Jump To Section
What Is the French Tuck?
The “French tuck,” also known as the "half-tuck" or “one-hand tuck,” is a term for the simple styling trick of tucking in only the front of your shirt, popularized by fashion expert Tan France on Netflix's Queer Eye. Try a French tuck when you’re wearing a top that’s a little too loose to be fully tucked, or when a full tuck feels too conservative.
A French tuck can define your waistline while still allowing for the drape effect of a longer, looser top, giving you the best of both worlds. When done right, a French tuck leaves a shirt or sweater loose in the back, balancing the proportions of the outfit.
How to Do the French Tuck
Although the French tuck is very simple, there are a few tricks to making sure it doesn’t turn out sloppy. Start with the shirt: French tucking is meant for loose-fitting, floaty tops and oversized knits paired with high-waisted denim and skirts. (For fitted tops, a full tuck usually looks better.) Here’s how to make the French tuck work with T-shirts, knits, button-downs, and belts:
- With a T-shirt or sweater: For T-shirts and jumpers, tuck slightly off-center for a more effortless look. Use one hand to tuck your top into your preferred side, and then adjust the rest of the material with both hands, letting your top drape down at the sides of the tuck.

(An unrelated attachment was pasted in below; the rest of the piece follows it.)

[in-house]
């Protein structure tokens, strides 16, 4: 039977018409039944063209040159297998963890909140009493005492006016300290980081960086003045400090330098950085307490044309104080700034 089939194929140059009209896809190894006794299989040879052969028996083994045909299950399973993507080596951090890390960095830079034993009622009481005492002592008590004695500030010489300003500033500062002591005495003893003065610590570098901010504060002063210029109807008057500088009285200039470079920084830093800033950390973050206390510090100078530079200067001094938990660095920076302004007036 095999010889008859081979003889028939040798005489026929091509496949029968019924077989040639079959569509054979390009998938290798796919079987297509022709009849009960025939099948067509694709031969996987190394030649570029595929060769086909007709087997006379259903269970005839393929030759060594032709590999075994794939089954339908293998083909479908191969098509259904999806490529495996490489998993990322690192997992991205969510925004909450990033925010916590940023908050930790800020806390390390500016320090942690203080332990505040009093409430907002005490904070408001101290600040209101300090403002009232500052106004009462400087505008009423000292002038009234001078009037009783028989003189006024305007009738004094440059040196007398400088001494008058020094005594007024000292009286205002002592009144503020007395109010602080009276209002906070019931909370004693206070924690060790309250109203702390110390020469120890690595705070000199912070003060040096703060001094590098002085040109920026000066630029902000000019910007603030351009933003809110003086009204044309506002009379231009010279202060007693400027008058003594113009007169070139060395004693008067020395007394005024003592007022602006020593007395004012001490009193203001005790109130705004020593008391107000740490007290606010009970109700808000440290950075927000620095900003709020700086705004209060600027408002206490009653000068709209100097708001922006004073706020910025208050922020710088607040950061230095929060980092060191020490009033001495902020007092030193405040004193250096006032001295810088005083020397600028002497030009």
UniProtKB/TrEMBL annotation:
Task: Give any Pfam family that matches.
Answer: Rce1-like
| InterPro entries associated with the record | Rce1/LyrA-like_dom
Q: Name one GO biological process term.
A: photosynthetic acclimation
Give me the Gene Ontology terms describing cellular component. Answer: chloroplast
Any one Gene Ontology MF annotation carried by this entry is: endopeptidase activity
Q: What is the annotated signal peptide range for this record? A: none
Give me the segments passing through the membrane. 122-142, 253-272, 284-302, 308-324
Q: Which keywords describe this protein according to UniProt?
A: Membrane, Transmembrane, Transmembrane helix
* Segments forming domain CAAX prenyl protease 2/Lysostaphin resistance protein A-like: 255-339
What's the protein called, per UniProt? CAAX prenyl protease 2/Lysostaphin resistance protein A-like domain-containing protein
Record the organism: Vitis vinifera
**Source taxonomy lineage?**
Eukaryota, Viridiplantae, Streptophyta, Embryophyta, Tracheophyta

- With a button-down: For button-down shirts, try tucking in just one side of the shirt, and letting the other hang out. Tuck in the side of the shirt that has the buttons, leaving the side with the buttonholes untucked.
- With a belt: The French tuck is a great way to show off a statement belt if you’re wearing something bulky on top, like an oversize sweater. For belted looks, try the French tuck centered, framing the belt buckle.
Want to Learn More About Unleashing Your Inner Fashionista?
Get a MasterClass All-Access Pass and let Tan France be your very own style spirit guide. Queer Eye’s fashion guru spills everything he knows about building a capsule collection, finding a signature look, understanding proportions, and more (including why it’s important to wear underwear to bed)—all in a soothing British accent, no less.